Joel Embiid could be the perfect athlete if it wasn’t for the number 200.
The 76ers center possesses superstar potential, an extraordinarily likable personality and reckless play that embodies the city he plays for. On top of that, everyone loves a great story and recovering from two foot surgeries to possibly become an all-time great player is just that.
The only issue – and it’s a major problem – is the number 200, which is how many games Embiid has missed the past four basketball seasons, dating back to his freshman year at Kansas.
That glaring number will become 220 by the time the Sixers head to summer break compared to the 59 he played since stepping foot for the first time on Kansas’ floor on November 8, 2013.
“The Process” is brittle and it’s a darn shame.
I can argue with a Hinkie-ite about Sam Hinkie’s irresponsible plan all day. You and I can complain about the deceit displayed by Bryan Colangelo until we are blue in the face. Unfortunately, none of that matters if the cornerstone of the Sixers’ rebuild is as durable as an iPhone screen that constantly cracks when it’s drop it on the ground.
It’s incredibly troubling that the once minor and now more pronounced meniscus tear is Embiid’s fifth injury in four years. The others were the knee contusion, which I consider different from the meniscus tear, two foot surgeries, and his back problem from his Kansas days.
If my math is correct, that’s five injuries to three different body parts the last four basketball seasons.
A lot of the blame falls on the Sixers’ medical staff and maybe Embiid is just growing into his unique body, as some have speculated. But, it doesn’t take a genius to determine these are a lot of injuries in a short period of time.
Denying Embiid the ability to play back-to-backs and keeping him to a minutes restriction clearly didn’t help.
So, three things need to happen.
The world-renowned doctors and medical minds employed by the 76ers need to explain their rationale verbally and stop hiding behind statements with big words.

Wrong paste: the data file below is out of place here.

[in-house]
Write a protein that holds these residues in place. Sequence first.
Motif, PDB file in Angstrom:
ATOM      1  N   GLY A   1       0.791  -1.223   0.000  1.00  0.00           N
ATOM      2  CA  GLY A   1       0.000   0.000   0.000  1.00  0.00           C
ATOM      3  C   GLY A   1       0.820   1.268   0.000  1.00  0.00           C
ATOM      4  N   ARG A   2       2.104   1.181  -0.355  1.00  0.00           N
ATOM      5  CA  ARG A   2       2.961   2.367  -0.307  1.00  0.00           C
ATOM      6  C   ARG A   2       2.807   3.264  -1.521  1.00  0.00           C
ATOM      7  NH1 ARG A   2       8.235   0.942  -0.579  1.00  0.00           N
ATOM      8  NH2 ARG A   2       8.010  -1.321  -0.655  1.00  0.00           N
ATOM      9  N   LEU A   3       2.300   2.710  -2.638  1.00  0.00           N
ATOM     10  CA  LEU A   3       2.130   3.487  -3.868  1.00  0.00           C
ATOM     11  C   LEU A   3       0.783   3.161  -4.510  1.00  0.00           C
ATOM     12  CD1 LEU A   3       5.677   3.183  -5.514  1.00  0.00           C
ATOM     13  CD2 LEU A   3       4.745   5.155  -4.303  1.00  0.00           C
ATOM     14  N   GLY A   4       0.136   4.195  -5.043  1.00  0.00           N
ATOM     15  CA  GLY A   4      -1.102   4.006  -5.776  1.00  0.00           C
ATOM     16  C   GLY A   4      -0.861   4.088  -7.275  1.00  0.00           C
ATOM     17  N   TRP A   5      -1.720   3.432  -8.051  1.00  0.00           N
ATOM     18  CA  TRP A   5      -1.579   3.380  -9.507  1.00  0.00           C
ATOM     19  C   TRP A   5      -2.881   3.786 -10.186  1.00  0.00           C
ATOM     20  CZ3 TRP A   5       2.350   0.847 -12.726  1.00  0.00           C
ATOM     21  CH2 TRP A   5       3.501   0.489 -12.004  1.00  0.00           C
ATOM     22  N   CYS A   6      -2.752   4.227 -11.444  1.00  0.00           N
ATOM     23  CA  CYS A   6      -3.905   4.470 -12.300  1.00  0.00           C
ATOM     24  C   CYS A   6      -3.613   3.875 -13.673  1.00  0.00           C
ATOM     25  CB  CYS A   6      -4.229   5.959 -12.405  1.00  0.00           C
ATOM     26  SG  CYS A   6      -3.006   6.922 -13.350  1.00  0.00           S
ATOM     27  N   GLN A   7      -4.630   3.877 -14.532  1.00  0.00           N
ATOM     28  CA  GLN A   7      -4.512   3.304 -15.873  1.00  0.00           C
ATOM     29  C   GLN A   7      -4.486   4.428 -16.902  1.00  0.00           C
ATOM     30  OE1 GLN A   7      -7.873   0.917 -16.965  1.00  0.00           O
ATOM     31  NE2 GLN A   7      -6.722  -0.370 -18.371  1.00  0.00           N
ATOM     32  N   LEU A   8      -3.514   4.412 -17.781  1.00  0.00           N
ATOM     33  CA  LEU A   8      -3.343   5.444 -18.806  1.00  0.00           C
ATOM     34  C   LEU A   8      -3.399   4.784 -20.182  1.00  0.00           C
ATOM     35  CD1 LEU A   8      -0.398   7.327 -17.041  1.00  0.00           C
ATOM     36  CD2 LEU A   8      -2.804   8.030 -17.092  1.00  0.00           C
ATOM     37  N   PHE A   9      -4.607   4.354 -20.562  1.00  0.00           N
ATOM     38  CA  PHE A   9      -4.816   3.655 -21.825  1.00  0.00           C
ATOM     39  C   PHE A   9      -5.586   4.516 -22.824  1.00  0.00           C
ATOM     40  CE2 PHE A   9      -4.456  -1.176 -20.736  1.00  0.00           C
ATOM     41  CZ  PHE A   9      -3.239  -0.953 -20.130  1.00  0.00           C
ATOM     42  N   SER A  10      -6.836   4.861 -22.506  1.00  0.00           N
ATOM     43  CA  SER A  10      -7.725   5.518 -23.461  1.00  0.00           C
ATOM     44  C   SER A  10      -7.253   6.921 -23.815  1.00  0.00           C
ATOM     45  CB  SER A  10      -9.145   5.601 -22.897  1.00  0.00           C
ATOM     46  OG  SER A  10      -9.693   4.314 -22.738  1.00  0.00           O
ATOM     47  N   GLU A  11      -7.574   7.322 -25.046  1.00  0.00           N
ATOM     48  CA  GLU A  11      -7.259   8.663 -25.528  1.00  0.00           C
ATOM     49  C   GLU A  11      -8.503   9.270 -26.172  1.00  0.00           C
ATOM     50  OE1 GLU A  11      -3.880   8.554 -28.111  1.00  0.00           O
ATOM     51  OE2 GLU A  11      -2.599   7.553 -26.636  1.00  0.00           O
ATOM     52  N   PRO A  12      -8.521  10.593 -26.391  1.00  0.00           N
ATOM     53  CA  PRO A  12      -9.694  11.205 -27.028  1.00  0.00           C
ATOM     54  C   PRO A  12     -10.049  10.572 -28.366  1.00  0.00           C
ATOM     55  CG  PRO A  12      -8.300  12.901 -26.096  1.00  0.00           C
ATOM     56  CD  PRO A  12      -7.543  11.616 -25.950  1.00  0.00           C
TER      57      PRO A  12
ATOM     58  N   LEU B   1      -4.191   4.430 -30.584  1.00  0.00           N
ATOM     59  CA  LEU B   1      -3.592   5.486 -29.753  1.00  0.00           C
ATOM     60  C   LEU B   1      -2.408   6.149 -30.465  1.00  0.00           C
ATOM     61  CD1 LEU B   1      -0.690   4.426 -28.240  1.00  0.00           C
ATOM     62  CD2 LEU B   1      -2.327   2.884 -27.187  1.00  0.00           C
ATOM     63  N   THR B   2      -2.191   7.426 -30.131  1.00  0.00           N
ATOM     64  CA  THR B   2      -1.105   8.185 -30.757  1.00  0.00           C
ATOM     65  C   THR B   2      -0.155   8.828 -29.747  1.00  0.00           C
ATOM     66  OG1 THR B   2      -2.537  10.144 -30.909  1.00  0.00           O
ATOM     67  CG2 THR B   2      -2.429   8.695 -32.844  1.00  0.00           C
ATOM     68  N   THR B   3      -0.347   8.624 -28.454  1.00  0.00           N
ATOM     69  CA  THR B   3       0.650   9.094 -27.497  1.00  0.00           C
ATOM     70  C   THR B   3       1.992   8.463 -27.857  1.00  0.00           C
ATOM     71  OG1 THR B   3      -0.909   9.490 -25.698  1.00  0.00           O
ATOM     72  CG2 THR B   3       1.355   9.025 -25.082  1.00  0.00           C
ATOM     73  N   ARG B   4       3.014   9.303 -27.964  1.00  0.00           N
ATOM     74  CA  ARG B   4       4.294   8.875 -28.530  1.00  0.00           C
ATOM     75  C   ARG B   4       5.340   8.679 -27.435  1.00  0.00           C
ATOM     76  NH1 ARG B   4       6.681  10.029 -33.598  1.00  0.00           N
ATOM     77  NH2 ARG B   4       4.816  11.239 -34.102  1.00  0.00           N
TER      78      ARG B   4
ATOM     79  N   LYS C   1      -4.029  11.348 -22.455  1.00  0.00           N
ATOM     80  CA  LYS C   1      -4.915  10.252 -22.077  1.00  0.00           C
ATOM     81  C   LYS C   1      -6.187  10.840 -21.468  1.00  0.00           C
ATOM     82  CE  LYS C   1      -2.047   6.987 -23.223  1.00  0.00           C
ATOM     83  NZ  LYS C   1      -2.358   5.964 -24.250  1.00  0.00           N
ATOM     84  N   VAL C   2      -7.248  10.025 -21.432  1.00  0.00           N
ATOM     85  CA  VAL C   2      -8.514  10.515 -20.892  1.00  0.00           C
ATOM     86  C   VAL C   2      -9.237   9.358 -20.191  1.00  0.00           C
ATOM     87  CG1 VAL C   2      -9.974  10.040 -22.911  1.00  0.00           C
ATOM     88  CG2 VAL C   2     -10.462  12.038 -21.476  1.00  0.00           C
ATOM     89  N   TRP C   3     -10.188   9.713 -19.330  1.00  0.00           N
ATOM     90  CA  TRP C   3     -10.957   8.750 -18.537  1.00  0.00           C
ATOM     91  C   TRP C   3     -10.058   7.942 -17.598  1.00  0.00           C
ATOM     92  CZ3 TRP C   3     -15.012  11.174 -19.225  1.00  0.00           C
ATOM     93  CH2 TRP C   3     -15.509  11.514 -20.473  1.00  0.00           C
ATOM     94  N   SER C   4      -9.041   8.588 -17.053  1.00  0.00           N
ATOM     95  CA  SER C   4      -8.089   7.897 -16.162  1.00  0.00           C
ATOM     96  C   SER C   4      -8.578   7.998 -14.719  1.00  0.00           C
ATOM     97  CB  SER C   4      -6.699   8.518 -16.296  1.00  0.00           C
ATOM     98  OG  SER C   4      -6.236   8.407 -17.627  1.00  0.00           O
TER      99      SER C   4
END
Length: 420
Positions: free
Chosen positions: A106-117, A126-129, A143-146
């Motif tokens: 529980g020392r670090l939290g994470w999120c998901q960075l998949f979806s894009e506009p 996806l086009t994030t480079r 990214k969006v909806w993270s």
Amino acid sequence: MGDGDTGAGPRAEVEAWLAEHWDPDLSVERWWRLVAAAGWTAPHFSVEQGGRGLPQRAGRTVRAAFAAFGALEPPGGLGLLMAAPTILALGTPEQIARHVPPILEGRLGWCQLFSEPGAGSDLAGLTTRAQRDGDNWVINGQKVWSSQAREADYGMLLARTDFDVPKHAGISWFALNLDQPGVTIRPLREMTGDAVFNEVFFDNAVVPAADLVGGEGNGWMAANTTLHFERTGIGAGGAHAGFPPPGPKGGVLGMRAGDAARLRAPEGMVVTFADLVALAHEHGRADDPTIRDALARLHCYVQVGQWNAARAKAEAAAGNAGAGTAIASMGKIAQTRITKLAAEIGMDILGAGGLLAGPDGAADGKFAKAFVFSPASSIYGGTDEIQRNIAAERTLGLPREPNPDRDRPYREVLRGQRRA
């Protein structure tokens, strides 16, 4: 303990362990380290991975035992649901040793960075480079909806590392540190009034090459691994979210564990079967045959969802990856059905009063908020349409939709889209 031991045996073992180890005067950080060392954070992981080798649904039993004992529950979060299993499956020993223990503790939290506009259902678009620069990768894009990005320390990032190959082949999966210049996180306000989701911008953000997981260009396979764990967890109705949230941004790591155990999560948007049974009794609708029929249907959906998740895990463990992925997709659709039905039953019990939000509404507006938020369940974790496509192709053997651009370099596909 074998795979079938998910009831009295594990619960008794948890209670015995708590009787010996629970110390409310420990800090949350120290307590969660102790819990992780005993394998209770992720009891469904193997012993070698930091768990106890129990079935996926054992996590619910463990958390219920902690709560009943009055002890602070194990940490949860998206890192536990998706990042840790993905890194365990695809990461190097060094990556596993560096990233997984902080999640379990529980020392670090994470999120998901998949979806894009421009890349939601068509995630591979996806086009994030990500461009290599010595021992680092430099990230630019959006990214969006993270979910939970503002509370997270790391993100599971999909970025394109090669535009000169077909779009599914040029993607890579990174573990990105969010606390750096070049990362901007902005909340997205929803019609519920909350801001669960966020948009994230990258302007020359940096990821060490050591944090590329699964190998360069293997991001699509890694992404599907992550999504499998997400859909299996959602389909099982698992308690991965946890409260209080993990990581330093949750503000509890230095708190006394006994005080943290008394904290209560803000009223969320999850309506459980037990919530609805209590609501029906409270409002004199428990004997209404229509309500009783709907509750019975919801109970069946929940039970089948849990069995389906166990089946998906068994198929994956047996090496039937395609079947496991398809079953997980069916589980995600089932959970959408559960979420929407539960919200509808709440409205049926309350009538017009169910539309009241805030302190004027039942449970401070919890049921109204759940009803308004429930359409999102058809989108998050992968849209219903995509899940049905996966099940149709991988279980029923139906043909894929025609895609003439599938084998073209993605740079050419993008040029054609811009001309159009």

Bryan Colangelo has to be more transparent and give the paying public up-to-the-minute updates with Embiid and Ben Simmons.
And, unfortunately, you and I need to lower our expectations for “The Process.” It’s not irrational to start believing that Embiid may never be fully healthy for a season to reach his highest potential.
What if the Sixers decide not to compensate him enough come the end of his contract, and he ends up somewhere else and miraculously remains healthy enough?
That would be an incredible waste of time and injustice to the loyal fan who suffered through this extremely long rebuild with the 76ers.
Embiid’s tweets are fun and his personality is infectious, but none of that will hold any significance if he can’t play the majority of nights at nearly 40 minutes a game.
And, before I forget…
-Throughout his select media sessions since the end of the season, most recently at the NFL Combine and on 94 WIP, Eagles de facto general manager Howie Roseman never hesitates to remind us about the franchise quarterback he acquired almost a year ago. Even if the question isn’t about Carson Wentz, Roseman finds a way to include him in the answer. Wentz being on the Eagles is great, but it will mean nothing if Roseman doesn’t acquire weapons around him through free agency and the draft.
-Heading into Thursday night’s game against the Panthers, it has been exactly one month since Flyers captain Claude Giroux scored a goal. Maybe it’s finally time to remove the “C” from Giroux’s sweater and give it to the man with 27 goals … Wayne Simmonds.
-An early prediction for MVP on the Phillies this year is Matt Stairs. I didn’t enter a time machine. I realize it’s not 2008. And even though the Phillies’ batting average and on base percentage numbers in spring training are still really bad, they’ve hit 11 homers in six games heading into Thursday afternoon. The new hitting coach appears to be making an impact on their power immediately. That should lead to a lot of Liberty Bell rings at Citizens Bank Park this summer.